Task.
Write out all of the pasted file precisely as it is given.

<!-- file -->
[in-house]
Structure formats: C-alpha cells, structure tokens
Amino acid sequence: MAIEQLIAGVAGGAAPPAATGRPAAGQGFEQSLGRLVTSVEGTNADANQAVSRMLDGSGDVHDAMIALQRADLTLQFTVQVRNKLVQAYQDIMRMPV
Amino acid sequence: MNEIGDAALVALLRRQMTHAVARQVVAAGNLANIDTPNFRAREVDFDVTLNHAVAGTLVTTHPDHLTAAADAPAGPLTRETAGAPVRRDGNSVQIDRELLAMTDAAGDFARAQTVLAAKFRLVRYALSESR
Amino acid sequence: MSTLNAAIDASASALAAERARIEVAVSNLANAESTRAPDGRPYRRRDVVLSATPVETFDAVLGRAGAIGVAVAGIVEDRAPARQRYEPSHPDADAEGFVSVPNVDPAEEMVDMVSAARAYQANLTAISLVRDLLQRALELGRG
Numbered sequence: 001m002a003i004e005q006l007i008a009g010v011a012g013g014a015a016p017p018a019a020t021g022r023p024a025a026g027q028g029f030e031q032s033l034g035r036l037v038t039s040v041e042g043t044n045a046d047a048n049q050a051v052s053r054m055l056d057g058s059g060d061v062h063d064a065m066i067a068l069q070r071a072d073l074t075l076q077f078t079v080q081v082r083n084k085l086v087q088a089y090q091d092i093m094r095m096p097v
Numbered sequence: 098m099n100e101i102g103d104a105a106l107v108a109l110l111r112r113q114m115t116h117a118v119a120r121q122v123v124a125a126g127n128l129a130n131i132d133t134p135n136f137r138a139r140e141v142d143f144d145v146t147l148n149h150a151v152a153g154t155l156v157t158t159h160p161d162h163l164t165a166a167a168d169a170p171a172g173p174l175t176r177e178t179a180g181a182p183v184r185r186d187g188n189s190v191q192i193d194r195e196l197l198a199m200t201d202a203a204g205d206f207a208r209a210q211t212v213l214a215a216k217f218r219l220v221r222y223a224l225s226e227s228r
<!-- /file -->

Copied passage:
[in-house]
Structure formats: C-alpha cells, structure tokens
Amino acid sequence: MAIEQLIAGVAGGAAPPAATGRPAAGQGFEQSLGRLVTSVEGTNADANQAVSRMLDGSGDVHDAMIALQRADLTLQFTVQVRNKLVQAYQDIMRMPV
Amino acid sequence: MNEIGDAALVALLRRQMTHAVARQVVAAGNLANIDTPNFRAREVDFDVTLNHAVAGTLVTTHPDHLTAAADAPAGPLTRETAGAPVRRDGNSVQIDRELLAMTDAAGDFARAQTVLAAKFRLVRYALSESR
Amino acid sequence: MSTLNAAIDASASALAAERARIEVAVSNLANAESTRAPDGRPYRRRDVVLSATPVETFDAVLGRAGAIGVAVAGIVEDRAPARQRYEPSHPDADAEGFVSVPNVDPAEEMVDMVSAARAYQANLTAISLVRDLLQRALELGRG
Numbered sequence: 001m002a003i004e005q006l007i008a009g010v011a012g013g014a015a016p017p018a019a020t021g022r023p024a025a026g027q028g029f030e031q032s033l034g035r036l037v038t039s040v041e042g043t044n045a046d047a048n049q050a051v052s053r054m055l056d057g058s059g060d061v062h063d064a065m066i067a068l069q070r071a072d073l074t075l076q077f078t079v080q081v082r083n084k085l086v087q088a089y090q091d092i093m094r095m096p097v
Numbered sequence: 098m099n100e101i102g103d104a105a106l107v108a109l110l111r112r113q114m115t116h117a118v119a120r121q122v123v124a125a126g127n128l129a130n131i132d133t134p135n136f137r138a139r140e141v142d143f144d145v146t147l148n149h150a151v152a153g154t155l156v157t158t159h160p161d162h163l164t165a166a167a168d169a170p171a172g173p174l175t176r177e178t179a180g181a182p183v184r185r186d187g188n189s190v191q192i193d194r195e196l197l198a199m200t201d202a203a204g205d206f207a208r209a210q211t212v213l214a215a216k217f218r219l220v221r222y223a224l225s226e227s228r